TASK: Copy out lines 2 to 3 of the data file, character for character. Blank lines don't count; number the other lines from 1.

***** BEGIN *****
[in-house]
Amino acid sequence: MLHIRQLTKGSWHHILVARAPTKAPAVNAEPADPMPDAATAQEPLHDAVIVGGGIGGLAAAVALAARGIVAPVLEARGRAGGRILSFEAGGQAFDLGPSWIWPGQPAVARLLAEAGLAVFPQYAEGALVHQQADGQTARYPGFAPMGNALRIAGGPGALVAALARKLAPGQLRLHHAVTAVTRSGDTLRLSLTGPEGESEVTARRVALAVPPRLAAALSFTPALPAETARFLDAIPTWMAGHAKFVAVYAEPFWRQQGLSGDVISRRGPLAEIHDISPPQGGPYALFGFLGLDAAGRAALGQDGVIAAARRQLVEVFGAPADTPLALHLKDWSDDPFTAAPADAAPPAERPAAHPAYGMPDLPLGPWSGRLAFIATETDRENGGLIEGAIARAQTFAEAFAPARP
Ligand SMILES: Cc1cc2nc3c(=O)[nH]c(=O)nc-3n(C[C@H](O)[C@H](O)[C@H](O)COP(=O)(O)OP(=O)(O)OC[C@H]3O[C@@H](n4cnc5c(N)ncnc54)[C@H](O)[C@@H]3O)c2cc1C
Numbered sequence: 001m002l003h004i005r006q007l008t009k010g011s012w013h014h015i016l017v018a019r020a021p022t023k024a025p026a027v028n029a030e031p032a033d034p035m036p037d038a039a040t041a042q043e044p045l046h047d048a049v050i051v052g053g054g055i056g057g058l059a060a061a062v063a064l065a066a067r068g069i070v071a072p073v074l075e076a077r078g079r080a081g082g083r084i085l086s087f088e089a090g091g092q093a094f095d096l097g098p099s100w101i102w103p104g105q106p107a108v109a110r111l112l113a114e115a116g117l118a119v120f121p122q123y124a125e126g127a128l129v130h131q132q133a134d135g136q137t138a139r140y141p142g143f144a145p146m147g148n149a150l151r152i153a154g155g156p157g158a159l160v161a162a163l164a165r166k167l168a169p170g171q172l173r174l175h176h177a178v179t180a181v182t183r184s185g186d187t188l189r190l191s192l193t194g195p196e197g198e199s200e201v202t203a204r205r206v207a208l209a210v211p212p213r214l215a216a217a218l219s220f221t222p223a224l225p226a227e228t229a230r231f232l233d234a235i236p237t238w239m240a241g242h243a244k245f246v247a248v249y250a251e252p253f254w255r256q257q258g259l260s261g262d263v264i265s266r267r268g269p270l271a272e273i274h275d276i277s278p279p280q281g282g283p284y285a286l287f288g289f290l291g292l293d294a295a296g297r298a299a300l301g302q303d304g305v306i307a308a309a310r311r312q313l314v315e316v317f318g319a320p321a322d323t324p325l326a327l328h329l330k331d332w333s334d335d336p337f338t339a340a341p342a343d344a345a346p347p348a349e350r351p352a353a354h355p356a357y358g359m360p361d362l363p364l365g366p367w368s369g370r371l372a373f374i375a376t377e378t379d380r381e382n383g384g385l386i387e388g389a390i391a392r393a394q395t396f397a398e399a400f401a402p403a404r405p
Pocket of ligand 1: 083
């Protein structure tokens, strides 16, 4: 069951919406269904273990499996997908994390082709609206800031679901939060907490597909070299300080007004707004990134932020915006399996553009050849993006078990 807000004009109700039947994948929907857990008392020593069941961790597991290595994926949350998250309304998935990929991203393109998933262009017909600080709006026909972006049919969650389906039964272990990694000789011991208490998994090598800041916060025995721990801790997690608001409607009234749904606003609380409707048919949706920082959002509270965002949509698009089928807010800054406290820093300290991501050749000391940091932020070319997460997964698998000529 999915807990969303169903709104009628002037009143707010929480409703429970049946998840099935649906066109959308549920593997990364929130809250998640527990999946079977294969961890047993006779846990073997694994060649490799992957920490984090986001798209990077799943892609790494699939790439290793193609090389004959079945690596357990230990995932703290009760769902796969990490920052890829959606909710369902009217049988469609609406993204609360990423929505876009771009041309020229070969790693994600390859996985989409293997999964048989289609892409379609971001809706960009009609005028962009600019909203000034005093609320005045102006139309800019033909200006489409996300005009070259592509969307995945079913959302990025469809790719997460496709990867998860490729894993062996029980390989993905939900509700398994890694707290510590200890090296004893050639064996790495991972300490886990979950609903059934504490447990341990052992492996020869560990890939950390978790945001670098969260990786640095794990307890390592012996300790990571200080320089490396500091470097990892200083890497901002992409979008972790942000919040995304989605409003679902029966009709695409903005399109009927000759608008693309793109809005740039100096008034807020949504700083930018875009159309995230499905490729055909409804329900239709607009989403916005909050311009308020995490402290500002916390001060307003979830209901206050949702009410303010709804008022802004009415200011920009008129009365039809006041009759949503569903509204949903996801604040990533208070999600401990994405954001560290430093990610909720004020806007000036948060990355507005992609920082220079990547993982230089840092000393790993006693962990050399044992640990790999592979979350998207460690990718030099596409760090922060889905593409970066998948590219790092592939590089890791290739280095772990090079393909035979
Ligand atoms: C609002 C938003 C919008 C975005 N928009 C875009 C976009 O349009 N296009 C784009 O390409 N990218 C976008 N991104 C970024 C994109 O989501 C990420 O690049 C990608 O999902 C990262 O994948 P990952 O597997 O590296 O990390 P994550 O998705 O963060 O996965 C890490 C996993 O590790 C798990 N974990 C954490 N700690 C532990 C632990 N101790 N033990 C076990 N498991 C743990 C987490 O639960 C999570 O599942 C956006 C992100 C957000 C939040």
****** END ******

Amino acid sequence: MLHIRQLTKGSWHHILVARAPTKAPAVNAEPADPMPDAATAQEPLHDAVIVGGGIGGLAAAVALAARGIVAPVLEARGRAGGRILSFEAGGQAFDLGPSWIWPGQPAVARLLAEAGLAVFPQYAEGALVHQQADGQTARYPGFAPMGNALRIAGGPGALVAALARKLAPGQLRLHHAVTAVTRSGDTLRLSLTGPEGESEVTARRVALAVPPRLAAALSFTPALPAETARFLDAIPTWMAGHAKFVAVYAEPFWRQQGLSGDVISRRGPLAEIHDISPPQGGPYALFGFLGLDAAGRAALGQDGVIAAARRQLVEVFGAPADTPLALHLKDWSDDPFTAAPADAAPPAERPAAHPAYGMPDLPLGPWSGRLAFIATETDRENGGLIEGAIARAQTFAEAFAPARP
Ligand SMILES: Cc1cc2nc3c(=O)[nH]c(=O)nc-3n(C[C@H](O)[C@H](O)[C@H](O)COP(=O)(O)OP(=O)(O)OC[C@H]3O[C@@H](n4cnc5c(N)ncnc54)[C@H](O)[C@@H]3O)c2cc1C